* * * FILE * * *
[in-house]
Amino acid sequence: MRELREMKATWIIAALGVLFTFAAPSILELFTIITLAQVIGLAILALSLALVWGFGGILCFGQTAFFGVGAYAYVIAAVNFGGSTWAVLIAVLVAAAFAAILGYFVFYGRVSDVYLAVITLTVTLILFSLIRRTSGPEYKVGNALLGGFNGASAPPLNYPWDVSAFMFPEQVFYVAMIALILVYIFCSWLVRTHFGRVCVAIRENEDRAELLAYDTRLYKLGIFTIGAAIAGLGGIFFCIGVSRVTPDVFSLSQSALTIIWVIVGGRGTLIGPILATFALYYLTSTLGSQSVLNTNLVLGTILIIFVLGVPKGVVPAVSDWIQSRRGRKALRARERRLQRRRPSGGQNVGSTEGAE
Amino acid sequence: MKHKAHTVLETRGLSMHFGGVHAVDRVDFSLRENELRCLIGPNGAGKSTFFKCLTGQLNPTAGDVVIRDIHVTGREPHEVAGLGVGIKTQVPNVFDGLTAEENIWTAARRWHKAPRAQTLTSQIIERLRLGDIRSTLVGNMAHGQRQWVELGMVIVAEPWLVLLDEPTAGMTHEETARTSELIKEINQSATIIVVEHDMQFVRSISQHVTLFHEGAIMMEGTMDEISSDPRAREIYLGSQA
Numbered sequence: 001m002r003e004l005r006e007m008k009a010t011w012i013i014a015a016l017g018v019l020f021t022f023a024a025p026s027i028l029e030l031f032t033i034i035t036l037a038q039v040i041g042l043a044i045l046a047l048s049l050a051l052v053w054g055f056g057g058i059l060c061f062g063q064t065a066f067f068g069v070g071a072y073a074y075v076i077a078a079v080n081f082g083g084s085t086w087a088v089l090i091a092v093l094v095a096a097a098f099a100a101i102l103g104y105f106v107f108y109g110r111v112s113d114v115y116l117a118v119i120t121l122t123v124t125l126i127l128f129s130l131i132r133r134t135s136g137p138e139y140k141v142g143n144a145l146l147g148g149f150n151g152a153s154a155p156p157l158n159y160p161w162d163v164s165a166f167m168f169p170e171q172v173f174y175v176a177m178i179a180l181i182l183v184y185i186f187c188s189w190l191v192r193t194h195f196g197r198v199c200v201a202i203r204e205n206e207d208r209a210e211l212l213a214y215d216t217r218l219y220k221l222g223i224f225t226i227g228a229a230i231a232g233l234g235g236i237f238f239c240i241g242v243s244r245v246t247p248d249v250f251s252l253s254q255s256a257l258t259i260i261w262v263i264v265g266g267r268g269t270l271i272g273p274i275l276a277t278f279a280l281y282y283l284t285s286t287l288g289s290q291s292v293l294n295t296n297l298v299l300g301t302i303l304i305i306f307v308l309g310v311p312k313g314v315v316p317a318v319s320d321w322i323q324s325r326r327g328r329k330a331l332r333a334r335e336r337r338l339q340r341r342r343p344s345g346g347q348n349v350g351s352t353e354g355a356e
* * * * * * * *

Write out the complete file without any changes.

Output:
[in-house]
Amino acid sequence: MRELREMKATWIIAALGVLFTFAAPSILELFTIITLAQVIGLAILALSLALVWGFGGILCFGQTAFFGVGAYAYVIAAVNFGGSTWAVLIAVLVAAAFAAILGYFVFYGRVSDVYLAVITLTVTLILFSLIRRTSGPEYKVGNALLGGFNGASAPPLNYPWDVSAFMFPEQVFYVAMIALILVYIFCSWLVRTHFGRVCVAIRENEDRAELLAYDTRLYKLGIFTIGAAIAGLGGIFFCIGVSRVTPDVFSLSQSALTIIWVIVGGRGTLIGPILATFALYYLTSTLGSQSVLNTNLVLGTILIIFVLGVPKGVVPAVSDWIQSRRGRKALRARERRLQRRRPSGGQNVGSTEGAE
Amino acid sequence: MKHKAHTVLETRGLSMHFGGVHAVDRVDFSLRENELRCLIGPNGAGKSTFFKCLTGQLNPTAGDVVIRDIHVTGREPHEVAGLGVGIKTQVPNVFDGLTAEENIWTAARRWHKAPRAQTLTSQIIERLRLGDIRSTLVGNMAHGQRQWVELGMVIVAEPWLVLLDEPTAGMTHEETARTSELIKEINQSATIIVVEHDMQFVRSISQHVTLFHEGAIMMEGTMDEISSDPRAREIYLGSQA
Numbered sequence: 001m002r003e004l005r006e007m008k009a010t011w012i013i014a015a016l017g018v019l020f021t022f023a024a025p026s027i028l029e030l031f032t033i034i035t036l037a038q039v040i041g042l043a044i045l046a047l048s049l050a051l052v053w054g055f056g057g058i059l060c061f062g063q064t065a066f067f068g069v070g071a072y073a074y075v076i077a078a079v080n081f082g083g084s085t086w087a088v089l090i091a092v093l094v095a096a097a098f099a100a101i102l103g104y105f106v107f108y109g110r111v112s113d114v115y116l117a118v119i120t121l122t123v124t125l126i127l128f129s130l131i132r133r134t135s136g137p138e139y140k141v142g143n144a145l146l147g148g149f150n151g152a153s154a155p156p157l158n159y160p161w162d163v164s165a166f167m168f169p170e171q172v173f174y175v176a177m178i179a180l181i182l183v184y185i186f187c188s189w190l191v192r193t194h195f196g197r198v199c200v201a202i203r204e205n206e207d208r209a210e211l212l213a214y215d216t217r218l219y220k221l222g223i224f225t226i227g228a229a230i231a232g233l234g235g236i237f238f239c240i241g242v243s244r245v246t247p248d249v250f251s252l253s254q255s256a257l258t259i260i261w262v263i264v265g266g267r268g269t270l271i272g273p274i275l276a277t278f279a280l281y282y283l284t285s286t287l288g289s290q291s292v293l294n295t296n297l298v299l300g301t302i303l304i305i306f307v308l309g310v311p312k313g314v315v316p317a318v319s320d321w322i323q324s325r326r327g328r329k330a331l332r333a334r335e336r337r338l339q340r341r342r343p344s345g346g347q348n349v350g351s352t353e354g355a356e